Monday, October 2, 2017

The PolitiFact Evangelism & Revival Tour I

PolitiFact has embarked on what it is calling an "outreach" tour aimed at breaking down barriers that keep conservatives from trusting the fact checkers at PolitiFact.

To us here at PolitiFact Bias, this outreach tour bears all the earmarks one would expect of a naked publicity stunt.

Why would we say that?

First, consider the target audience. PolitiFact isn't just reaching out to any old run-of-the-mill conservatives, and the outreach certainly doesn't target any of PolitiFact's long-time critics. Rather, PolitiFact has targeted conservatives near the locations of its newest three state franchises in Alabama, Oklahoma and West Virginia.

What a coincidence? When I first heard that detail of the outreach plan all I could think of was the cult evangelism tool of "love-bombing."

We're keeping tabs on PolitiFact's effort to wash the unwashed, and the latest update from Poynter's Daniel Funke compelled us to complete this first in what is likely to prove a number of observations on the project. The Poynter Institute, by the way, owns the Tampa Bay Times, the newspaper that runs PolitiFact.

We found this paragraph striking:
(PolitiFact's Executive Director Aaron) Sharockman told Poynter they once did some consulting with business students at the University of Missouri to learn more about how to build trust and create new audiences. The students recommended that PolitiFact double down on growing liberal readership by visiting communities that skew blue — the exact opposite of its current project in middle America.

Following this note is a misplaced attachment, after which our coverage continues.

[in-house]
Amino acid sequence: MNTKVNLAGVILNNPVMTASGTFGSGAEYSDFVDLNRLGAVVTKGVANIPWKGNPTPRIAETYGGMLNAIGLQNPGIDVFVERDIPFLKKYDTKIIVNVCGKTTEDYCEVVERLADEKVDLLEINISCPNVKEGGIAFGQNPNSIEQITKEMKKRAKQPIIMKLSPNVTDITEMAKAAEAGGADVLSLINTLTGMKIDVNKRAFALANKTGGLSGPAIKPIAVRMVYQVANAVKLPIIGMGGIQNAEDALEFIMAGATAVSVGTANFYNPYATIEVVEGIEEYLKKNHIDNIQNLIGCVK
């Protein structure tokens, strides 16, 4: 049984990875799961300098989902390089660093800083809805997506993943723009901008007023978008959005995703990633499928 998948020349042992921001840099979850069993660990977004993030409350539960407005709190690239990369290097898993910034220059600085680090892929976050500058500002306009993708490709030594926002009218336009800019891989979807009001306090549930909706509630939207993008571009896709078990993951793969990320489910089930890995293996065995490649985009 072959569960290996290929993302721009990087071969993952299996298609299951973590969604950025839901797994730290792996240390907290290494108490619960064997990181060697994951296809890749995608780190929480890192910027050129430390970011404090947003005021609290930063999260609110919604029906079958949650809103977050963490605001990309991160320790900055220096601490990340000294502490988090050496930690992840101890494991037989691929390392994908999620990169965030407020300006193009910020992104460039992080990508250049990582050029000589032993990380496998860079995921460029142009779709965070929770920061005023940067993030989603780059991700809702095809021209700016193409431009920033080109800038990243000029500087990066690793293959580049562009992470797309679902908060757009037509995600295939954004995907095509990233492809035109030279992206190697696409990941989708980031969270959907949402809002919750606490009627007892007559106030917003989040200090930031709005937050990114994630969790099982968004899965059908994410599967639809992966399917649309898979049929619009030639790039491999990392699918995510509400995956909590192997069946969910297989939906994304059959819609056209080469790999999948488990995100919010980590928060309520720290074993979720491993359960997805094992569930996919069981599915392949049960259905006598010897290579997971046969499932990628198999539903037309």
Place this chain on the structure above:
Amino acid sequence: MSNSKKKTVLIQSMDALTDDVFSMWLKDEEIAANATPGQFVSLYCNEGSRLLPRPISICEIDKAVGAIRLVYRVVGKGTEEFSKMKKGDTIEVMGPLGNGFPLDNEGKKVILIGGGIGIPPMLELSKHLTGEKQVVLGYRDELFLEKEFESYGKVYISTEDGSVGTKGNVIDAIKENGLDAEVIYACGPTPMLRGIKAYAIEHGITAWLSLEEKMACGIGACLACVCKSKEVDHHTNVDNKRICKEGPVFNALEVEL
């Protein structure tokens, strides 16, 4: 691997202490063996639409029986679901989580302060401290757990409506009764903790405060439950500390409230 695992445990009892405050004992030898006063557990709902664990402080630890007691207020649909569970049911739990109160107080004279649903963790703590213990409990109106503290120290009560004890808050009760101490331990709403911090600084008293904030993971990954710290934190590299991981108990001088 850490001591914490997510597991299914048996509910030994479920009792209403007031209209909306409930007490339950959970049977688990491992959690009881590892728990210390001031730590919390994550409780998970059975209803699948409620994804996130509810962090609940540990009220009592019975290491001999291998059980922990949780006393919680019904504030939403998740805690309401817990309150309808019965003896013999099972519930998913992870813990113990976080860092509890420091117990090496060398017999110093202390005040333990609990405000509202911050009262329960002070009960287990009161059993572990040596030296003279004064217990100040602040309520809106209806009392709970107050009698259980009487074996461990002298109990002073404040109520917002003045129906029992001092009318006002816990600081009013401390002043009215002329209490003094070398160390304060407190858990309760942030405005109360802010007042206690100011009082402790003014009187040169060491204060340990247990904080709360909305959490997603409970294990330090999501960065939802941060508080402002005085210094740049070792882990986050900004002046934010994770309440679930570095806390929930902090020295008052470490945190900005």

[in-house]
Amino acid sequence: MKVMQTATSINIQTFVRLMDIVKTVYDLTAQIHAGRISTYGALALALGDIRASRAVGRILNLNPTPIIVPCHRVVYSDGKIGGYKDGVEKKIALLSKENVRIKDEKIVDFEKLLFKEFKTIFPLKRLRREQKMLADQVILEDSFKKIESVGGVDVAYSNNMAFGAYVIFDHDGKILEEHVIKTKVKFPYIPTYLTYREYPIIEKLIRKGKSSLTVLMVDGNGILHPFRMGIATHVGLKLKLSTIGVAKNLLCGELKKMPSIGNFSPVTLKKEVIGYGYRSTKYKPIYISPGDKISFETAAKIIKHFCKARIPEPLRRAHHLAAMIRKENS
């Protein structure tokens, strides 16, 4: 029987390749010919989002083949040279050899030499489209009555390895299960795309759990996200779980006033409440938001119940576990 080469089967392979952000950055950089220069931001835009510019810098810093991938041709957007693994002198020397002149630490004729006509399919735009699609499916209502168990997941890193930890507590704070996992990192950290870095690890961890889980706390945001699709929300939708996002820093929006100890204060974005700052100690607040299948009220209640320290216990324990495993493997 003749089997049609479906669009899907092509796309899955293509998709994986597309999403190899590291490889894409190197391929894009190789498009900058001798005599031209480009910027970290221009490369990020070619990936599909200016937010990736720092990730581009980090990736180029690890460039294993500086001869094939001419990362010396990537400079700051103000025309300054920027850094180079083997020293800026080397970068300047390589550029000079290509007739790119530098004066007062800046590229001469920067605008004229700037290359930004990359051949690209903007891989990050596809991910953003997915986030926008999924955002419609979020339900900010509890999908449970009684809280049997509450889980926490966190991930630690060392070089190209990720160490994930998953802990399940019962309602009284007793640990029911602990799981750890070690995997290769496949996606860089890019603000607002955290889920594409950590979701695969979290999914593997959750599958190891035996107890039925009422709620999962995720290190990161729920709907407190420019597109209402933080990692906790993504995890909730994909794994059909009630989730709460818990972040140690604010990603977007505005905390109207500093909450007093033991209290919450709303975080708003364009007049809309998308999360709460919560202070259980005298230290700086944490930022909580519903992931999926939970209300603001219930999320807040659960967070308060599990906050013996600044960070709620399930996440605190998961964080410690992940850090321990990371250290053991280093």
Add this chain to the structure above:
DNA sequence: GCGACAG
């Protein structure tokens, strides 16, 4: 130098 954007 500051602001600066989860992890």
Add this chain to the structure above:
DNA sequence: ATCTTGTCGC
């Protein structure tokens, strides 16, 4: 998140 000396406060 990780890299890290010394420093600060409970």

A-ha. So PolitiFact apparently recognizes that its audience tilts left. We figured the PolitiFact folks had to know that, but this serves as the best confirmation of that so far.

It's great (seriously!) that PolitiFact chose the hard route of reaching out to the tougher audience. If PolitiFact ends up only interested in outreach to conservatives who accept PolitiFact as an objective referee of political claims, then we would consider that outcome consistent with the project's resemblance to love-bombing.

But who knows? Maybe PolitiFact is more interested in finding out why conservatives withhold their trust and changing its approach to address those concerns.

We will eagerly look for evidence that would falsify our working hypothesis.

Correction Oct. 16, 2017: Changed "Virginia" to "West Virginia" in the fourth paragraph. Our congratulations to Virginia. Condolences to West Virginia.  We apologize to our readers for the mistake.

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